Not that I speak in respect of want: for I have learned, in whatever state I am, therewith to be content.
I may be content; that is to say, I may have a calm patience in waiting over night at a miserable inn where have congregated smugglers, and drunken sailors, and the rift-raff of a bad neighbourhood. If, after fighting for my life in my little yacht, I had at last been driven up on shore, myself a wreck, and had crawled out of the water, and staggered to the light, and gone in there, would it not be proper for me to say: "I thank God for my deliverance and for my safety"? And yet every element is distasteful to me. The air reeks with bad liquor and worse oaths; and the company are obscene, and vile, and violent; the conditions are detestable; but that have escaped from the sea can say: "I am content to be here. Not that I am pleased at being there particularly; but as compared with something else it is tolerable. I have learned how to bear this." How did I learn it? I learned it by being swirled around for an hour in the whirlpools of the sea. I learned it by being thumped and pounded by the waves. I learned it by being chilled to the very marrow. So I learned to be patient with the surroundings in the midst of which I found myself. But it does not follow that a man is obliged to say: "I like these circumstances," in order to be content with them.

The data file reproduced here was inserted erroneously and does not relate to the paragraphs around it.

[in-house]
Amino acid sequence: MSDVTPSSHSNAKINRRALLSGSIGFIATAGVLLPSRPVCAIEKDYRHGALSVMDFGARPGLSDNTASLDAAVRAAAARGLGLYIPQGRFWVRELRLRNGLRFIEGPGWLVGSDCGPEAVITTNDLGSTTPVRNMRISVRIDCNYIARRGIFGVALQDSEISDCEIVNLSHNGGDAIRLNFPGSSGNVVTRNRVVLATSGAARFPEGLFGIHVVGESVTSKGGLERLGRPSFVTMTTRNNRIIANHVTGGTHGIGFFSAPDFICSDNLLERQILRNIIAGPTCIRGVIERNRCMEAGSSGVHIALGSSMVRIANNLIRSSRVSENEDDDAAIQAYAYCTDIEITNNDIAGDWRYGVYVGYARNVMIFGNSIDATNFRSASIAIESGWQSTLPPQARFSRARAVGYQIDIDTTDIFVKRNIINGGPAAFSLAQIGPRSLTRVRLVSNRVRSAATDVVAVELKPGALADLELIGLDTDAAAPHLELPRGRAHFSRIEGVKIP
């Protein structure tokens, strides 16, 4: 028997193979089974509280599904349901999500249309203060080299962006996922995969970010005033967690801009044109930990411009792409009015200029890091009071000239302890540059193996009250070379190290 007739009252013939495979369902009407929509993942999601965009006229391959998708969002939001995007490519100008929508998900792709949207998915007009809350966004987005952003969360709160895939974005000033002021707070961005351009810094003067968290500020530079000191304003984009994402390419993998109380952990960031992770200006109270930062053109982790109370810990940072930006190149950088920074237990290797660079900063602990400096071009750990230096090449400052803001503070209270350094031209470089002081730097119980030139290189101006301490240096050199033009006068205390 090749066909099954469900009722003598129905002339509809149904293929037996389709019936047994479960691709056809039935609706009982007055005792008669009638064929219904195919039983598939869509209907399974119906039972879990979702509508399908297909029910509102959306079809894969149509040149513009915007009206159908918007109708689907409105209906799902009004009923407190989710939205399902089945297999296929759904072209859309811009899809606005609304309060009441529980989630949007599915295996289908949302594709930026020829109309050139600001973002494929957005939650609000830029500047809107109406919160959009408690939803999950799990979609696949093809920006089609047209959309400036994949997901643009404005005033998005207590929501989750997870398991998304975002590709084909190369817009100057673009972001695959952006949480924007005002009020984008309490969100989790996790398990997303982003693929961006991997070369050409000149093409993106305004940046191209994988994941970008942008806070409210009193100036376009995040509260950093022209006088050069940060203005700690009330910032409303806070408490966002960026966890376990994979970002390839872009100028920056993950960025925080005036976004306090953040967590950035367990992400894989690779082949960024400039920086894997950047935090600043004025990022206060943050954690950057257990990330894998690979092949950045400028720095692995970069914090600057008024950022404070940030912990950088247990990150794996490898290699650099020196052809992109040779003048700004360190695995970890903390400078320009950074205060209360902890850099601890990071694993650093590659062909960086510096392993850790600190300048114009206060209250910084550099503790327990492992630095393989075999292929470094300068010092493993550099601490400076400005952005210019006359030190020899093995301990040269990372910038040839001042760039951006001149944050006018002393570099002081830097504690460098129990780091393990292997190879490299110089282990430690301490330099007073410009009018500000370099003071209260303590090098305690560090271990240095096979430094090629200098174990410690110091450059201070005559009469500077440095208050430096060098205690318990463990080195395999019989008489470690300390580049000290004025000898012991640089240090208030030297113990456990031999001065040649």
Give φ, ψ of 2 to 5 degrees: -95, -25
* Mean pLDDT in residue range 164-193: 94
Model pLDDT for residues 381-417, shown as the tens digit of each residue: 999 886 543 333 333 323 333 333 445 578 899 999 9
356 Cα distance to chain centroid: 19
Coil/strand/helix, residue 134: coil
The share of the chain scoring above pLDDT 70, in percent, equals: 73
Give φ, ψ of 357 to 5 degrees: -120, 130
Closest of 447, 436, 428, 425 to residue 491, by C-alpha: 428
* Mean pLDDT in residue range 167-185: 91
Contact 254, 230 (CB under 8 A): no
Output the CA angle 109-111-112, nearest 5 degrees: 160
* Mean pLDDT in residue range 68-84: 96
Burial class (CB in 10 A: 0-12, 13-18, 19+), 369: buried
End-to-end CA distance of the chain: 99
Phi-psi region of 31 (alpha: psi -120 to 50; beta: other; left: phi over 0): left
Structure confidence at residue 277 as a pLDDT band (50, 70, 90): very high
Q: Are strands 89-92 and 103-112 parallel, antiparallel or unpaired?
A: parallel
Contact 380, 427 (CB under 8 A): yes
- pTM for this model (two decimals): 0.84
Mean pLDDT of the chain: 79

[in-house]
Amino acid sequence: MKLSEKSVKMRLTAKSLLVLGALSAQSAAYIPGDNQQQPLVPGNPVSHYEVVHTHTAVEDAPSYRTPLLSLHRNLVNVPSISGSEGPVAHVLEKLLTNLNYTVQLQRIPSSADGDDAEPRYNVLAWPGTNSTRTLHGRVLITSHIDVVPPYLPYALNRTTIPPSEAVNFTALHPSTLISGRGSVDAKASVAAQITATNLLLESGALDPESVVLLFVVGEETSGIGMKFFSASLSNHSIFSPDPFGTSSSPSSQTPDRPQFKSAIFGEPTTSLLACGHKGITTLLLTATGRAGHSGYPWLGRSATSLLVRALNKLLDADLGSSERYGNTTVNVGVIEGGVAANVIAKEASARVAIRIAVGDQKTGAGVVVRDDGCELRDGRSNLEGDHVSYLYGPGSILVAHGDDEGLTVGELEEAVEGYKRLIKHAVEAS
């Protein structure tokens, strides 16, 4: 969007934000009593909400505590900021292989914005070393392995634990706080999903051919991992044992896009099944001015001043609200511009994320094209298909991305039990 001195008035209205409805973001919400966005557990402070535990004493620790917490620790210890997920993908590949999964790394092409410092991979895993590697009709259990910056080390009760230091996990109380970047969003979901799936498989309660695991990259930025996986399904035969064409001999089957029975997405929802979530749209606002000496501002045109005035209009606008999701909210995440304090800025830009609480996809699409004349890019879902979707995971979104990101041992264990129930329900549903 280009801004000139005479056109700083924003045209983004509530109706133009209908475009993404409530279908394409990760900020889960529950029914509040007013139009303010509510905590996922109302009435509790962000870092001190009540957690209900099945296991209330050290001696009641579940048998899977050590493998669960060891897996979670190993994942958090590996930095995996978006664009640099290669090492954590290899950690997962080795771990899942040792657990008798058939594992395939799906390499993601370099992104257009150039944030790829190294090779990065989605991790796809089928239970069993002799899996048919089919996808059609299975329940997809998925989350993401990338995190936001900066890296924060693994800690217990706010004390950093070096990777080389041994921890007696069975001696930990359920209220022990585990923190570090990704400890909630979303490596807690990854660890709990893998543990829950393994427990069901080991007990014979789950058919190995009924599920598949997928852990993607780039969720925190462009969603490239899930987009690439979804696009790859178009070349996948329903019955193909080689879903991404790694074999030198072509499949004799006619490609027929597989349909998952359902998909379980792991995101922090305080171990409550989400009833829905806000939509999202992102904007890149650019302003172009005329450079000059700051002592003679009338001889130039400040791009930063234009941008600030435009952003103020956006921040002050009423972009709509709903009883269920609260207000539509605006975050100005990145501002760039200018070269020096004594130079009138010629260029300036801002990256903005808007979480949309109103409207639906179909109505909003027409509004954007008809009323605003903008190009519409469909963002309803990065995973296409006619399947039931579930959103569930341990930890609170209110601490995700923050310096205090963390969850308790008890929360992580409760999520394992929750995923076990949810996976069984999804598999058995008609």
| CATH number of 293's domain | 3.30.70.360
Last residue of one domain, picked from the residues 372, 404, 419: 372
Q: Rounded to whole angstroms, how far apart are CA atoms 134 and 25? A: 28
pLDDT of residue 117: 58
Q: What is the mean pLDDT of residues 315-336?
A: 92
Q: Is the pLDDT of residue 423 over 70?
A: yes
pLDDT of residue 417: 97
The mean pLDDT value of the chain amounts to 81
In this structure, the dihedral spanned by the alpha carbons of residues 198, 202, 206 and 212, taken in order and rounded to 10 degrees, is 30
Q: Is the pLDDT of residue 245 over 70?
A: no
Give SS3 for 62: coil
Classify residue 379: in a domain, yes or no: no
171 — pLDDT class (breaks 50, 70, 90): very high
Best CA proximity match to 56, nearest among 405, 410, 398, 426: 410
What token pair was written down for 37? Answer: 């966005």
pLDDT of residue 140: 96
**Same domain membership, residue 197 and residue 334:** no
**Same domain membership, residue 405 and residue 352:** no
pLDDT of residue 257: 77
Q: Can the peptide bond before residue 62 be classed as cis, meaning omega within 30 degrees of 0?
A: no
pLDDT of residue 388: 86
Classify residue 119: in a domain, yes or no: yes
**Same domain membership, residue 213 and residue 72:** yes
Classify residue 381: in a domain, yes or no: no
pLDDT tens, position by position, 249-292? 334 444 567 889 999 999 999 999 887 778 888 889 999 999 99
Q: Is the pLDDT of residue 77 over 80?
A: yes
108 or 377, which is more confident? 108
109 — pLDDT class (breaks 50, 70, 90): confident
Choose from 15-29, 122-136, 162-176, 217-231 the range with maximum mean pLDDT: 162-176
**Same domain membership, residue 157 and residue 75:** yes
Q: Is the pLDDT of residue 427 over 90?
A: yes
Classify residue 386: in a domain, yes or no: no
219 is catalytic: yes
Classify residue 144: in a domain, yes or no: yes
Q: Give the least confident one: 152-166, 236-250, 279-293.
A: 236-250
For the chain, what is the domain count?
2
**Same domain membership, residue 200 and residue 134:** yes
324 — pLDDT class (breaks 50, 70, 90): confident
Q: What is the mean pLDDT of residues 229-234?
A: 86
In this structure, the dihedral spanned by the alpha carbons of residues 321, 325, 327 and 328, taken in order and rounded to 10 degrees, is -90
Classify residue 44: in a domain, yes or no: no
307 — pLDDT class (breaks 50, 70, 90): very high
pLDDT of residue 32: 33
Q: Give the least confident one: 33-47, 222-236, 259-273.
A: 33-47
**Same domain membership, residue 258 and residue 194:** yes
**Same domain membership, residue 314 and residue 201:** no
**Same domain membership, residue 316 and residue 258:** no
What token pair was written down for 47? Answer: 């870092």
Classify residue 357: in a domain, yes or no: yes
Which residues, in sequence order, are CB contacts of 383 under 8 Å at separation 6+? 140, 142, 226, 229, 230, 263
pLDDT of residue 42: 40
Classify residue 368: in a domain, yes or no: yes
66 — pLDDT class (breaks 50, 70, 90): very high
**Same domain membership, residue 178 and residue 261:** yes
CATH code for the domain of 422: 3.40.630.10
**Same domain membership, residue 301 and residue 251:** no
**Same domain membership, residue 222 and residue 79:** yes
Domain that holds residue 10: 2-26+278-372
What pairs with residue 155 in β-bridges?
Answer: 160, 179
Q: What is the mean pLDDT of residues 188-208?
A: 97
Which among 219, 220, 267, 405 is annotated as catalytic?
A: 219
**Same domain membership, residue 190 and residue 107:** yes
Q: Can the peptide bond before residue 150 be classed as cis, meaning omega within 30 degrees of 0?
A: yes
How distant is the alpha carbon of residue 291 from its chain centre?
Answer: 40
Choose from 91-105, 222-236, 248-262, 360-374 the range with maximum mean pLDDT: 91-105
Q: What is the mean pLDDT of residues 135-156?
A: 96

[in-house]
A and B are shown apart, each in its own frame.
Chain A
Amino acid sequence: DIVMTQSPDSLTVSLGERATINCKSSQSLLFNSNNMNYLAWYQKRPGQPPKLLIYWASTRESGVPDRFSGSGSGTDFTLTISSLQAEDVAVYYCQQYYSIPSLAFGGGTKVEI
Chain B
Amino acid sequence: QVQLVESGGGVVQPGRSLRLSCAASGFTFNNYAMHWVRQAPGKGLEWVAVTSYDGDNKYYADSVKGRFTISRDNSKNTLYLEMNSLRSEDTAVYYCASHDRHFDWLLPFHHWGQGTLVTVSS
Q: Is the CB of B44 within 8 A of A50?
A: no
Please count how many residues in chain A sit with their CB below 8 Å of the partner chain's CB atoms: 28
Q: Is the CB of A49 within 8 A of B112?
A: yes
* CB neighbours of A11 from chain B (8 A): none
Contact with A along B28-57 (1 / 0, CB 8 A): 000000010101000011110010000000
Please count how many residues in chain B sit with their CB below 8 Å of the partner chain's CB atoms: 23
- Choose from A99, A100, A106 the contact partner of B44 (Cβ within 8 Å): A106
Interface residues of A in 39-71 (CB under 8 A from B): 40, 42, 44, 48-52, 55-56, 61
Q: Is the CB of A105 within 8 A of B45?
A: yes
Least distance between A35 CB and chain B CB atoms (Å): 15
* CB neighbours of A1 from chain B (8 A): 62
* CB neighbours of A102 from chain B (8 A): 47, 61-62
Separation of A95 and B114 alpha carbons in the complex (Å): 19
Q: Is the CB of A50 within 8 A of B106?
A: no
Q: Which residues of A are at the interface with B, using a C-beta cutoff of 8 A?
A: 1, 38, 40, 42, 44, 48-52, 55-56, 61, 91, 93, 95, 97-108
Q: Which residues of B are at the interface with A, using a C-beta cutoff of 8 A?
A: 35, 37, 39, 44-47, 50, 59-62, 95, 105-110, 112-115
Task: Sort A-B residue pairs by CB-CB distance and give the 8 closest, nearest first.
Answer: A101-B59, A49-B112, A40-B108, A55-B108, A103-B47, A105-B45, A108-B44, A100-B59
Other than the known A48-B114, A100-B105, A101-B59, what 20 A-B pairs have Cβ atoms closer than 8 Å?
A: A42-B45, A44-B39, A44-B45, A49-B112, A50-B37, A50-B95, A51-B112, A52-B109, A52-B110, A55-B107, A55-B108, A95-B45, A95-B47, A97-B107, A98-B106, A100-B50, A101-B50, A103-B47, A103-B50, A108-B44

(H. W. Beecher.)
Parallel VersesKJV: Not that I speak in respect of want: for I have learned, in whatsoever state I am, therewith to be content.